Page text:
Editor’s Note: The following tribute is from the mother of Carl (Buddy) Lockhart, Betty Ann Lockhart. Her son was killed Oct. 8 in a car accident on Highway 6 in Oxford that shocked his friends, family and the entire Oxford community. Lockhart and his family had been profiled previously on HottyToddy.com. In the story Lockhart came across as a loving father, husband and proud member of this community. Too often with tragic accidental deaths like his, the public fixates on the last mention of the deceased in the news, which is almost always sensational and disturbing. HottyToddy.com is glad to share this more complete mother’s view of a man she knew better than anyone.
Few times in our lives are we privileged to know someone who had the opportunity to affect so many people. Carl (we call him Buddy) was one of those people.
From an early age, he had to struggle to get through school because of learning disabilities that were enormous. Dyslexia, mirrored vision, Attention Deficit Disorder and speech problems were among those challenges. I would like to tell you that Buddy’s 3rd-grade year was a key turning point for my son. He was given A grades, but could not distinguish simple words like “is” or “it.” Any simple words were lost to him.
When I confronted his teacher, I was told he was in need of discipline. Needless to say, his teacher didn’t end up as a good friend of mine. I took Buddy him down the hall and out of the building because I knew what he was capable of.
There are people placed in our lives for unknown reasons and this was one of them. He was my brothers’ high school football coach who happened to be the superintendent of education for Mississippi. One call to this family friend helped put us in touch with a school that was for children with learning disabilities — not a place to get out of school early. There were four, yes only 4 kids, in Buddy’s class.
He struggled to learn. But somewhere along the way, Buddy set his sights on the future and worked away. A report card with a D was as wonderful as an A because he worked for it.
He went back to public school and still struggled. I read more books and worked with him on math more than I ever did myself while in school.
Senior year in high school was traumatic. When Buddy took the Air Force achievement test his principal called him to the office and told him he was only capable of working in a plant or pumping gas. My son’s heart was shattered. I was in the kitchen when he came in with tears rolling down his cheeks. I was just outraged that a teacher of any type would tell a child this. I told Buddy (Carl), “You can be anything you want to be. What do you want to do with your life?” His reply almost took my breath away. “I want to be an engineer,” Buddy said. The thought of moving myself to be close to Mississippi State popped into my head. Wow!!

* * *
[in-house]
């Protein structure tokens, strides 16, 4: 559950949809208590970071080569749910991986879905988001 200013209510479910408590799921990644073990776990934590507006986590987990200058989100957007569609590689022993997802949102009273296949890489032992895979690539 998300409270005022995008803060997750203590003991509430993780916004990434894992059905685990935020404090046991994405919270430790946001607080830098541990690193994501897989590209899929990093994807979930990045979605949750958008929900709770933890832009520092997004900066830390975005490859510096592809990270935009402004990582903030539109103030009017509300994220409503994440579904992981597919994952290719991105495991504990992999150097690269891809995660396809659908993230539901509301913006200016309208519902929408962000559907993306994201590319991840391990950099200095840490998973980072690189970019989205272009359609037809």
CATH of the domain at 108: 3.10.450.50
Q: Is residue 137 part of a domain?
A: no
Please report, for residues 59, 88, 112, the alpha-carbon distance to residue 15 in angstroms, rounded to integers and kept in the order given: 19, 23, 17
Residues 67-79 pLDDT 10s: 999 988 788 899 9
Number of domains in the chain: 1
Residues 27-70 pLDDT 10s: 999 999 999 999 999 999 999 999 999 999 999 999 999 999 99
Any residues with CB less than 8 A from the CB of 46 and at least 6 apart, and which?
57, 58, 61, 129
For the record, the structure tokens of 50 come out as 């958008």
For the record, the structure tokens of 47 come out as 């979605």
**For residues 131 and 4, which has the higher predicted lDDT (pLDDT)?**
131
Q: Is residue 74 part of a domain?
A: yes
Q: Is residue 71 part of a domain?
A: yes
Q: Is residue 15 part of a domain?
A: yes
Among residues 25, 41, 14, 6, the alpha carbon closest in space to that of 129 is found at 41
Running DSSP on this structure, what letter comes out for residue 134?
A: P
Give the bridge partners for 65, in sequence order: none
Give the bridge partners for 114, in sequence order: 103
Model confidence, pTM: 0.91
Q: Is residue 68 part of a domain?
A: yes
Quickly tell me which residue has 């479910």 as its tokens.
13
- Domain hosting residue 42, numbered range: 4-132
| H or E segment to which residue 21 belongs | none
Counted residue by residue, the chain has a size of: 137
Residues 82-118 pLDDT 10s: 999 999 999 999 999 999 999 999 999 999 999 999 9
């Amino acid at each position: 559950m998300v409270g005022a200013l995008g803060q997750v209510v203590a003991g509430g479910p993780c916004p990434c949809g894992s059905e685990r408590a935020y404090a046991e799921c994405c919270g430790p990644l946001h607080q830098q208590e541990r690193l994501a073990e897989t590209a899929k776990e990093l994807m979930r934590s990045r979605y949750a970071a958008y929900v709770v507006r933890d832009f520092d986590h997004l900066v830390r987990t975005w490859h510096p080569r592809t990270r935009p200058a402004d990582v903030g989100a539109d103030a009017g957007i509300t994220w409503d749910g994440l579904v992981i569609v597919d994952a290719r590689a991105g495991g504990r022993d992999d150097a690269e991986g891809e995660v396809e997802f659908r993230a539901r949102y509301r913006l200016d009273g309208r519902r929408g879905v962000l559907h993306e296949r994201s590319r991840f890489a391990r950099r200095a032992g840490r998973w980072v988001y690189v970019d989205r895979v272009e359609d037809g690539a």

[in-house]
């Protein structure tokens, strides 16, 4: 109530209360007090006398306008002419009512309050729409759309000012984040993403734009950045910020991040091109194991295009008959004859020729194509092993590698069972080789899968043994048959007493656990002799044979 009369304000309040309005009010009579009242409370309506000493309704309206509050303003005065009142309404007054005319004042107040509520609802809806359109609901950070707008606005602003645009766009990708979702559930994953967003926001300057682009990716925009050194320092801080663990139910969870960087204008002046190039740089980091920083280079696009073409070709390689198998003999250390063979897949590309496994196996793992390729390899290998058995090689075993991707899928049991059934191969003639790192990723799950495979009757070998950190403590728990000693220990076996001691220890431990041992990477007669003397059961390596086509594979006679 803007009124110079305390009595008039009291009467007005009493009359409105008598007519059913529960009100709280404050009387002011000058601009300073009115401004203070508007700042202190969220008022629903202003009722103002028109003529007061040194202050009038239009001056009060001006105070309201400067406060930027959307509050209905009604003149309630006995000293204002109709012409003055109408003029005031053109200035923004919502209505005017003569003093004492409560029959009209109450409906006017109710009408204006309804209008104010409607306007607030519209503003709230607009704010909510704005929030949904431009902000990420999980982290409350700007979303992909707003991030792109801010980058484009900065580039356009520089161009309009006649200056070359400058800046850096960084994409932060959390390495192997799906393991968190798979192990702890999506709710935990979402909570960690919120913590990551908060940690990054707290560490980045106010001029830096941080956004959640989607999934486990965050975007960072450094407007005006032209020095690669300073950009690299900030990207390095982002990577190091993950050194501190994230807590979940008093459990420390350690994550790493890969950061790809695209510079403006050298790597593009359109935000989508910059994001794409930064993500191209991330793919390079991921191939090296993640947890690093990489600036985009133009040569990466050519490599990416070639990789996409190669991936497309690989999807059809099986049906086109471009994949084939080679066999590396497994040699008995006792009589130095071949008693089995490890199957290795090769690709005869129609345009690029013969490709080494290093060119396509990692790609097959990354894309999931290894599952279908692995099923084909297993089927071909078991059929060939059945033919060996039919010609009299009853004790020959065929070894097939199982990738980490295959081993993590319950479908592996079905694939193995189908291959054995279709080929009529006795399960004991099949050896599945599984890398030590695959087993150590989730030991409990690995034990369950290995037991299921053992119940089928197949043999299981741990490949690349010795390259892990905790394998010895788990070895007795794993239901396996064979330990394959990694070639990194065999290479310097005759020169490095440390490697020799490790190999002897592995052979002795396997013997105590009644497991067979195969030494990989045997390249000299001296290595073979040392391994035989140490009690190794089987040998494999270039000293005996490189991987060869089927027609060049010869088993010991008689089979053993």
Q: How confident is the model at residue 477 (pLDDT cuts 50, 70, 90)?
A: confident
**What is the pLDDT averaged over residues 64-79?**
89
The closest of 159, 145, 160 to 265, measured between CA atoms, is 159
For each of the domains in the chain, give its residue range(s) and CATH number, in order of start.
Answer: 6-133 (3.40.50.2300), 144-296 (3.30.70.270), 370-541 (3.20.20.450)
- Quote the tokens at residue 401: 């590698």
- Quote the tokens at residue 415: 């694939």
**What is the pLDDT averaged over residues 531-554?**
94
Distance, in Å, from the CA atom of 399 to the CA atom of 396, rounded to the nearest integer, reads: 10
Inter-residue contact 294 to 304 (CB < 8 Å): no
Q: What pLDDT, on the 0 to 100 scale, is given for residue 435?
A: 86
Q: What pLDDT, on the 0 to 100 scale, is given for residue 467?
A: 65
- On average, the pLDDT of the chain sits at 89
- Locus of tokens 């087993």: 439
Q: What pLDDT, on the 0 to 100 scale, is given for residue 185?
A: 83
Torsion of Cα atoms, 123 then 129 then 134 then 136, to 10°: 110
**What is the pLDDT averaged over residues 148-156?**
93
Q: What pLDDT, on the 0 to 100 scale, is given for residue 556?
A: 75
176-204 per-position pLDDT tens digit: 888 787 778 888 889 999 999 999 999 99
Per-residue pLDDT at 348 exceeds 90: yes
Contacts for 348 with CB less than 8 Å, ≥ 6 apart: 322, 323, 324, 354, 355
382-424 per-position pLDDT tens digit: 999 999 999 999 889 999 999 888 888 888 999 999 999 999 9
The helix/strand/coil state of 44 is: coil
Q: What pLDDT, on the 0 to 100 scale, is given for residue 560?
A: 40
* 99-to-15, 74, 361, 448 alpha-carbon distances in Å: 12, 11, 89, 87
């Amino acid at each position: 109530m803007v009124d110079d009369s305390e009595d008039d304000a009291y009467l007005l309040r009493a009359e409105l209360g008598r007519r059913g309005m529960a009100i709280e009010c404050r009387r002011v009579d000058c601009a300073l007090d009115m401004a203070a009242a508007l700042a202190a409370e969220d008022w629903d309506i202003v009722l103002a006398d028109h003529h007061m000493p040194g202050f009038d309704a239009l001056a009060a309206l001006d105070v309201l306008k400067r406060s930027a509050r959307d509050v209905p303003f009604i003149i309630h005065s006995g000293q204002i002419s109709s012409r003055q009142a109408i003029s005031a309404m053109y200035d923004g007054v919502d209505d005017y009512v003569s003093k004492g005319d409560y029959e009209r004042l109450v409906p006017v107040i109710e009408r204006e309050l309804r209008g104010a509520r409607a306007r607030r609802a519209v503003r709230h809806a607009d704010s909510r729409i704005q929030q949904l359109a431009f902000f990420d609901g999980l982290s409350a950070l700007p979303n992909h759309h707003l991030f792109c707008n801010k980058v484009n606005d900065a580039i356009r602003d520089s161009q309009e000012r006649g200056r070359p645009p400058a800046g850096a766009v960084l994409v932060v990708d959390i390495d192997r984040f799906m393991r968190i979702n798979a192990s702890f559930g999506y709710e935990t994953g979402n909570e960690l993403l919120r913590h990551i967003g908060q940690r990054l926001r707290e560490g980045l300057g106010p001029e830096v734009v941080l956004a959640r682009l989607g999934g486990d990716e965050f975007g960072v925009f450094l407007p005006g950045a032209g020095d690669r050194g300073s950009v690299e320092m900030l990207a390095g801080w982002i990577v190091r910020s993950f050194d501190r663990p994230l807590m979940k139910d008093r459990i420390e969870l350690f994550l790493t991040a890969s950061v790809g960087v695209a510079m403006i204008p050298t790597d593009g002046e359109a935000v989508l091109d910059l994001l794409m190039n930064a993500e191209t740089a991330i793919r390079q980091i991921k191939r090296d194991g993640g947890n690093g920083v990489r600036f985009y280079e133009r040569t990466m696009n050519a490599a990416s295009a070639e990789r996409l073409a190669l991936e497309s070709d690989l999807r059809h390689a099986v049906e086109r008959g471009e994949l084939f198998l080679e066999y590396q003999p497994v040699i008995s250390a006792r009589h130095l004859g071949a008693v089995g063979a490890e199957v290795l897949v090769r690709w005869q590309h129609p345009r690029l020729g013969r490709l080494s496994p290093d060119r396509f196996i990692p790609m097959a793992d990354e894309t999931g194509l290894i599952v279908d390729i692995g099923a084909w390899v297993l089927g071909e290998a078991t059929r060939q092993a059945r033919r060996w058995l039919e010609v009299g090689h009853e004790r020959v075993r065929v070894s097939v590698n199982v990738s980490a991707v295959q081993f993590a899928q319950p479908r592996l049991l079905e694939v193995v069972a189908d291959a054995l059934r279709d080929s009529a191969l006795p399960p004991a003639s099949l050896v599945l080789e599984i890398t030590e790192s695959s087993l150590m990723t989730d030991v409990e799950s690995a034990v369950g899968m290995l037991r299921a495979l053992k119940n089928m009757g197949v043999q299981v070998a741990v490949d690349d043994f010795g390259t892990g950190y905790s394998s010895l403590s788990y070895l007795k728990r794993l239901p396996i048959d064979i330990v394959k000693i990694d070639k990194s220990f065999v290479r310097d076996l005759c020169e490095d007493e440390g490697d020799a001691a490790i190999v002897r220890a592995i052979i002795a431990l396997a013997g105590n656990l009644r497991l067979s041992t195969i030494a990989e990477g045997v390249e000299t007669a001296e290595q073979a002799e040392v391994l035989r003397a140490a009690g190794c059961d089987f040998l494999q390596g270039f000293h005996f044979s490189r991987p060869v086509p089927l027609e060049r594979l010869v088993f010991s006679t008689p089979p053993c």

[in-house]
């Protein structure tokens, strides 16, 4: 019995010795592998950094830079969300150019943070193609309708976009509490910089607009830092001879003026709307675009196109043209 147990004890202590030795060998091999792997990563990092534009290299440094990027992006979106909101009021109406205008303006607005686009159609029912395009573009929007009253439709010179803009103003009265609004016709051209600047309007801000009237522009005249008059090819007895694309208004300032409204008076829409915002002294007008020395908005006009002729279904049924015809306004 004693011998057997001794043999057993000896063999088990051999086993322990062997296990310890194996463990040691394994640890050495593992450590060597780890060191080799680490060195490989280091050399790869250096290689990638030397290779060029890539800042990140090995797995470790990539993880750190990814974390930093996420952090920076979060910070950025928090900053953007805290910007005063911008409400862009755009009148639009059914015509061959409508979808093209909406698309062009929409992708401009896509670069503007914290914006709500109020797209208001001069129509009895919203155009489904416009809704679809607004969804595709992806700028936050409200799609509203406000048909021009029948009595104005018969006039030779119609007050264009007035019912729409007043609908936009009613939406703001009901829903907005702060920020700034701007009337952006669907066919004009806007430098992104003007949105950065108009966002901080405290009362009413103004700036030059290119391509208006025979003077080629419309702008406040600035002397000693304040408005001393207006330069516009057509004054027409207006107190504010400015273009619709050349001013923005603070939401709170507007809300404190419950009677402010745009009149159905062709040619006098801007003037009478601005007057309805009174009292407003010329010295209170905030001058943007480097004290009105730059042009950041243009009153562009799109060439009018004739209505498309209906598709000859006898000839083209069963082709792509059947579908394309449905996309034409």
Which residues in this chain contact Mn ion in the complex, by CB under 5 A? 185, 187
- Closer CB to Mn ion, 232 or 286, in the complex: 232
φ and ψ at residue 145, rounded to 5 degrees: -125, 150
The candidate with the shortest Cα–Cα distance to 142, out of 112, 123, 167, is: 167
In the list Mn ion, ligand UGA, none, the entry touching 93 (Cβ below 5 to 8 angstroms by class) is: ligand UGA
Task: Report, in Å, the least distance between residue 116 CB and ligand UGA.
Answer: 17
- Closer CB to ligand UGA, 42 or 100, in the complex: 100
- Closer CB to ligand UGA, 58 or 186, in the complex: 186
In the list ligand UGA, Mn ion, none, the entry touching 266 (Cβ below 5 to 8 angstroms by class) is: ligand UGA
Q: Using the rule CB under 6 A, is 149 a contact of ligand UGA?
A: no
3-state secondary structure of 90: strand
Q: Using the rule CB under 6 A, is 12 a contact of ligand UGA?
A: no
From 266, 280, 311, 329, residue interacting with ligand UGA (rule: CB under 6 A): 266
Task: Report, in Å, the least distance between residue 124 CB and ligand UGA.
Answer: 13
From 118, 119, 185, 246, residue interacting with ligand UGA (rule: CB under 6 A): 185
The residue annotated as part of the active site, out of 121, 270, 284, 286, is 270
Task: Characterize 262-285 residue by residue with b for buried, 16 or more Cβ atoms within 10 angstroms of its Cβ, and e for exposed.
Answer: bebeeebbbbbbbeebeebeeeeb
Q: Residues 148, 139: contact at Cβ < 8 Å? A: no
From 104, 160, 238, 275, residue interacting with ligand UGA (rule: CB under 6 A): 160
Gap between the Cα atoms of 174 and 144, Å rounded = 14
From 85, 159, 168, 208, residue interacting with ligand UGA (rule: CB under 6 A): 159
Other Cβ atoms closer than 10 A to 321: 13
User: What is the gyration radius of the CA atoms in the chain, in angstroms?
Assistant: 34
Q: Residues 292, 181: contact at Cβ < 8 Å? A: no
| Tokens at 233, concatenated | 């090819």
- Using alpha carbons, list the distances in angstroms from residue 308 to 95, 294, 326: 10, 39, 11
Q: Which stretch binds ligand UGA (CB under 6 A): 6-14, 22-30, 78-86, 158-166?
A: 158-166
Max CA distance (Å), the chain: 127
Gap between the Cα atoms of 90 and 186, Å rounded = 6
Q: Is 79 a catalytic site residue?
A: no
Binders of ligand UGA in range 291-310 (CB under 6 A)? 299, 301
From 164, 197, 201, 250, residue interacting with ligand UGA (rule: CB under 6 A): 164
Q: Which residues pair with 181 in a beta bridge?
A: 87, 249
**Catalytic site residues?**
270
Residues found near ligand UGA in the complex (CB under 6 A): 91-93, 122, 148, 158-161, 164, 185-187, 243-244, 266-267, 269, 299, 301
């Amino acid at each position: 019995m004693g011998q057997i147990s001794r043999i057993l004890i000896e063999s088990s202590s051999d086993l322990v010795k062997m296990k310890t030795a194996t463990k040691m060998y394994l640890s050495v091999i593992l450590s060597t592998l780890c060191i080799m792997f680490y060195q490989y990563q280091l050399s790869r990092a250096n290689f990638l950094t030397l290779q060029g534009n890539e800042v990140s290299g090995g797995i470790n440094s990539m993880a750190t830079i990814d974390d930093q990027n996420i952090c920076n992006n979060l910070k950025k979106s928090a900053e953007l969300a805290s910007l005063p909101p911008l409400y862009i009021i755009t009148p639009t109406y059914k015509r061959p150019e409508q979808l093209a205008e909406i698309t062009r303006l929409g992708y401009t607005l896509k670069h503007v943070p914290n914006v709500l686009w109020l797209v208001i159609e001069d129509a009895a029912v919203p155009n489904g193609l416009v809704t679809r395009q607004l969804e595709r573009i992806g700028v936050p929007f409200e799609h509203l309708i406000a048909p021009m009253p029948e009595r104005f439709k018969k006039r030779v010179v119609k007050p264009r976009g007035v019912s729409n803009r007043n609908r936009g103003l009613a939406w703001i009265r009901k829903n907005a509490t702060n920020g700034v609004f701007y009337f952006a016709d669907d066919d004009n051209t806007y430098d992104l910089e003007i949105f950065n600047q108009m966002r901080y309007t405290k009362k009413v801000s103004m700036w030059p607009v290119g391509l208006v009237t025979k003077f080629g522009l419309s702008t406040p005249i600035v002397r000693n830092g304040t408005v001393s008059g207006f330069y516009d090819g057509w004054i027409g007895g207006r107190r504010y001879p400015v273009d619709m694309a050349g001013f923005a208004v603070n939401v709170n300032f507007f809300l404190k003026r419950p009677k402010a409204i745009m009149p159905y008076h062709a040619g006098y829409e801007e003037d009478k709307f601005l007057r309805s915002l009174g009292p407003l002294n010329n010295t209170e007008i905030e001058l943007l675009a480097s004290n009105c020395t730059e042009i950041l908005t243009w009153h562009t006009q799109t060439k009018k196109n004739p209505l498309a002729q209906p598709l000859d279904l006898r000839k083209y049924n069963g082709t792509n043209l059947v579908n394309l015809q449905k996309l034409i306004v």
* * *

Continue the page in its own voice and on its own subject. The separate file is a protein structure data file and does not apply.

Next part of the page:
I could just see all the engineering books to be read. After a deep breath, I told Buddy to get in his truck and go to the Engineering School and talk to the dean. That great guy told him to go to our local junior college and take math from a professor there. Then come to him and get in the school on probation.
Buddy achieved a 4.0-point average at ECJC and headed to Mississippi State. My child with all his learning problems was determined to succeed at his career and left State with a 3.4 average. After graduating, he trained with Dow Chemical and Houston Power and Light. His future was on its way.
Buddy met my wonderful daughter-in-law (Isabel) and then he found the most wonderful reason for living. They had two terrific sons, Jake and Will. Buddy’s dreams were fulfilled.
He traveled all around the world and grew in knowledge. He strived for success, but never forgot his family’s importance in his life. He often spoke of his faith, but always said Isabel was even stronger in hers.
About ten years ago, I saw his high school principal and he asked about Carl. What a joy to tell him that Carl never worked in a plant, but he managed them all over the world. This “educator” was totally shocked.
The point of this story is to tell all people — teachers, friends, and especially parents — never give up on your child even if they try every nerve in your body. Never throw up your hands and run. Hold on, lift them up and keep encouraging that child. Their dreams can come true, just like my son Buddy’s did.
Betty Lockhart is the mother of Carl (Buddy) Lockhart.